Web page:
3 FM quick reads on outsourced service provider
1. Considerations in Reviewing Outsourcing Service Contracts
Just as with any relationship, the relationship with your outsourced service providers is not a set it and forget it proposition. Though a lot of nuanced tweaking goes into fostering a successful partnership, the contract is a big factor in achieving optimal results. Facility managers should periodically review how well the current outsource contracts support the overall sourcing strategy. Some contracts may not be as relevant as they once were and may have to be modified to fine-tune the services delivered. Other contracts may need to be expanded to meet additional requirements or changes in internal staffing.
Key considerations include:
• Does the current contract allow greater flexibility in delivering services to facility management customers?
• Does the current contract allow facility management to focus on priorities, rather than using a "scatter" approach to service provision?
• Does the current contract provide the facility department with the ability to expand or reduce staff as necessary and provide expertise that does not exist among internal staff?
• Does the current contract support new management skills and provide greater control over service delivery?
• Has the current contract delivered operational efficiencies and resulted in financial benefits to facility management and the company?
• Is the current contractor accountable for service performance? Is the contractor making every effort to be cost-conscious in service delivery?
• Is the current contractor providing industry benchmark information on a regular basis to compare the facility management organization with industry service standards?
• Has the current contract allowed the facility department additional time to devote to strategic planning and does the contractor provide valuable input into the strategic planning process?
2. Therapy for Broken Outsourced Service Relationships
Sometimes service provider relationships just aren't going well, but it's a little hard to see how to make it better. Rather than wait for the last straw to finally break the outsourcing relationship, it is possible to rescue an outsourced service relationship gone sour. According to Bruce Skaistis of Skaistis Consulting, there are five major steps to repair a troubled outsourcing relationship. I know a lot of this might sound like couples therapy, but if you think about it, partnerships between people, whether personal or professional, inevitably share some common threads.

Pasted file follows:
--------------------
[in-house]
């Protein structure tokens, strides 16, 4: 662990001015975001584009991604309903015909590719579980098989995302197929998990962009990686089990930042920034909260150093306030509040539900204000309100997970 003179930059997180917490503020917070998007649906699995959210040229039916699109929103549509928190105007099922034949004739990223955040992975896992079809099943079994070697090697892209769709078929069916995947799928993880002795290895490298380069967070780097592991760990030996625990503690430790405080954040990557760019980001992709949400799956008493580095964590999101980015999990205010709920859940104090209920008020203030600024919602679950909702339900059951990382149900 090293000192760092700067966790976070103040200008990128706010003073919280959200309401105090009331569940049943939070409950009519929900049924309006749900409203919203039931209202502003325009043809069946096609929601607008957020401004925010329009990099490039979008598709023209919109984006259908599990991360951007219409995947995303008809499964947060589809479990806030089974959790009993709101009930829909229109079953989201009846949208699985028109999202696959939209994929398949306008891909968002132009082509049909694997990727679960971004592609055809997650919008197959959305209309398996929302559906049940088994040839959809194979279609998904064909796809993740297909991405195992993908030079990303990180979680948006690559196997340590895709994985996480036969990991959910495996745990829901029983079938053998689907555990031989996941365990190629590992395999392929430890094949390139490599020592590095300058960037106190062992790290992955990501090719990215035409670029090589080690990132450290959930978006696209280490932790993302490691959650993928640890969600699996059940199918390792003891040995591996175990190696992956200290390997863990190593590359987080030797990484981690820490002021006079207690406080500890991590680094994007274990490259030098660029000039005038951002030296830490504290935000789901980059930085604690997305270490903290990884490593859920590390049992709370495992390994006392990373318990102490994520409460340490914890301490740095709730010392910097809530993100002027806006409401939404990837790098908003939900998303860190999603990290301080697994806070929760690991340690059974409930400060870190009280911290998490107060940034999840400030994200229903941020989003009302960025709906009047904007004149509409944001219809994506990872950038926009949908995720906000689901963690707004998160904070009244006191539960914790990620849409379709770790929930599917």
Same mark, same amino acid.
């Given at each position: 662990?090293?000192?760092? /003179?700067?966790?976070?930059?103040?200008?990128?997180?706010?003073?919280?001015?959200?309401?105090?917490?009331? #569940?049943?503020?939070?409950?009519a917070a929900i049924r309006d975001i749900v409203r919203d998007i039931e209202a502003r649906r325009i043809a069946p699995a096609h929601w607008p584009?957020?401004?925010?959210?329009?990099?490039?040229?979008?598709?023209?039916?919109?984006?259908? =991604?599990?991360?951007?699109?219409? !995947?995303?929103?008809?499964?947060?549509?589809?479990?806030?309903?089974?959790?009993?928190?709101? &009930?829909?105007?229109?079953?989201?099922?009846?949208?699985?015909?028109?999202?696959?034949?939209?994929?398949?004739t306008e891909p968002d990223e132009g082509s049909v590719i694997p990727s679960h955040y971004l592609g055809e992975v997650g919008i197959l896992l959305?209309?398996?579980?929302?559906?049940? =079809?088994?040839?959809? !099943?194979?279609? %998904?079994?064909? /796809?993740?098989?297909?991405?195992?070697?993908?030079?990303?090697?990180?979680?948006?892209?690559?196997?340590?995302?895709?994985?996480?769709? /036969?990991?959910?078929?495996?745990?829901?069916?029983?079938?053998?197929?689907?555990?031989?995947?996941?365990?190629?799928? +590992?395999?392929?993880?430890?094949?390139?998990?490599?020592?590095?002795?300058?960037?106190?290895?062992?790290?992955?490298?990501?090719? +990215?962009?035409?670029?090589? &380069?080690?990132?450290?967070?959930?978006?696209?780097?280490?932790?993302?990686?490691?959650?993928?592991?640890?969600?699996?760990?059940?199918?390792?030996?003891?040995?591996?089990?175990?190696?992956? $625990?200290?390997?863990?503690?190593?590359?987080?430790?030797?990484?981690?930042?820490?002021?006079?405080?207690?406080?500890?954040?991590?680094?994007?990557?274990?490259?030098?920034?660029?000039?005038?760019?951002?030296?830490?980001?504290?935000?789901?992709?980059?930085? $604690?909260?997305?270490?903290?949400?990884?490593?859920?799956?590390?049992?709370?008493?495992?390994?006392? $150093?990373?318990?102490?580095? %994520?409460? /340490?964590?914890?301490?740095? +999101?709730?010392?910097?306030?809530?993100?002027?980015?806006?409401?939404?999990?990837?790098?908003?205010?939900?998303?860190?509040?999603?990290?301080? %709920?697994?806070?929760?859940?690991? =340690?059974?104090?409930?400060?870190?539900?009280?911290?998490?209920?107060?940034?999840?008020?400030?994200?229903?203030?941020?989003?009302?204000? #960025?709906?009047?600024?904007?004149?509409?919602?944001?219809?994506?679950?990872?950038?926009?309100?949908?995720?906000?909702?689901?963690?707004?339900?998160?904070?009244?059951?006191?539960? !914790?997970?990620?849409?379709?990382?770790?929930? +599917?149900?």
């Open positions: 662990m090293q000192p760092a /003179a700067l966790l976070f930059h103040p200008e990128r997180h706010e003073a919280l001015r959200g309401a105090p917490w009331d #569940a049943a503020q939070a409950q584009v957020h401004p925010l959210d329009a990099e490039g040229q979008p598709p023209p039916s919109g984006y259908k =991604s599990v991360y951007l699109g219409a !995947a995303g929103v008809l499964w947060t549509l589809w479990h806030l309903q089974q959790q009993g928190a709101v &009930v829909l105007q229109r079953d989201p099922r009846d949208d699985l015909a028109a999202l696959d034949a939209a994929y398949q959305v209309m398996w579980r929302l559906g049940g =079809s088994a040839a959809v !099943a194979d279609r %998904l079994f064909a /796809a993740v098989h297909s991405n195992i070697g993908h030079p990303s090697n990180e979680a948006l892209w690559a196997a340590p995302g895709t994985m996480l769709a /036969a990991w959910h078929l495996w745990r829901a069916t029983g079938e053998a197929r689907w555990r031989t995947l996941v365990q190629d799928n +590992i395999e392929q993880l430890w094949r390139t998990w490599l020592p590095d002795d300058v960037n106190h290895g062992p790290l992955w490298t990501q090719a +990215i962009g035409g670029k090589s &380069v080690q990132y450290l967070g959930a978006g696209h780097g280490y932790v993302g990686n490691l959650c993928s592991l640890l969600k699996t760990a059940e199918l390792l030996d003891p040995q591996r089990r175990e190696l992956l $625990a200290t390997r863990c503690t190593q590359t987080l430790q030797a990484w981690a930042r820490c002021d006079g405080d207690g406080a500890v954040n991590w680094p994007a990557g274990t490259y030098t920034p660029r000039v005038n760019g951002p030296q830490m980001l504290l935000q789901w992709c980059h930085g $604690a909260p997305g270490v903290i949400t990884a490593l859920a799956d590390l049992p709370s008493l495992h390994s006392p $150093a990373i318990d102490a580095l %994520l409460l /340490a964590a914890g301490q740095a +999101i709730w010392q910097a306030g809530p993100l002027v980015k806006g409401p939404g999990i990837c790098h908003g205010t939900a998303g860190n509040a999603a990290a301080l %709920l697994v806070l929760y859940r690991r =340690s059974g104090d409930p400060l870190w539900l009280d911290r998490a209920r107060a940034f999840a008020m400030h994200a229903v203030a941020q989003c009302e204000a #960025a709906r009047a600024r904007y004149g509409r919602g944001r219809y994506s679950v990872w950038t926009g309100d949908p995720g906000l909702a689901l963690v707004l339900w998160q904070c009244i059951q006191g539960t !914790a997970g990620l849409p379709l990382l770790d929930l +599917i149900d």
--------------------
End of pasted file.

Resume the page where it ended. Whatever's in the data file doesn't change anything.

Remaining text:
The first thing to do is de-emotionalize the situation. The only way to correct problems in a troubled relationship is to take the emotion out of the discussion and have both parties coming at the problem looking for a win-win solution.
Once emotions are in check, it's time to re-evaluate the expectations and objectives established at the outset of the contract. If these expectations were never clearly defined or were unrealistic to start with, a win-win situation could not be achieved.
Before the meeting, figure out what potential courses of action might be. It is important to understand the organization's options for dissolving the relationship to determine what leverage facility managers have for getting it back on course. Facility managers should know what they want and understand what the service provider wants as well. This is the underlying principle for negotiating.
Diving into the options is the only way to address the issue at hand. Once emotions have been quieted and expectations have been delineated, it is necessary to talk about options. Facility managers should start by expressing dissatisfaction with the relationship and stating that the purpose of the meeting is to get the relationship back on a positive course.
The word "attorney" should not be part of the discussion. This is the time for both parties to roll up their sleeves and get to work hammering out a new relationship.
If you get to this point and manage to salvage the relationship, make a pact to communicate and be an effective provider manager so you don't end up in the same spot again.
3. Partnering with Outsourced Service Providers
When upper management puts the squeeze on the facilities management budgets, it might be tempting to simply let the budget stress slide downhill to land in the lap of outsourced service providers. Instead of engaging in wholesale slashing and cutting of outsourced services, facility executives can choose to partner with their providers to see how they can work together to get to the bottom line in a creative manner. One facility executive reports going to his service providers after his budgets were cut in half and saying he didn't really want to make cuts but he needed their creative ideas to navigate the situation. To answer his challenge, the cleaning services provider is piloting a day cleaning program to cut the need for dayporters while improving customer satisfaction since employees can now talk directly with the janitors. With the security provider, this facility executive is talking about how to streamline patrols and improve the reporting process. With some creativity and teamwork, it is possible to maintain service levels while cutting costs.
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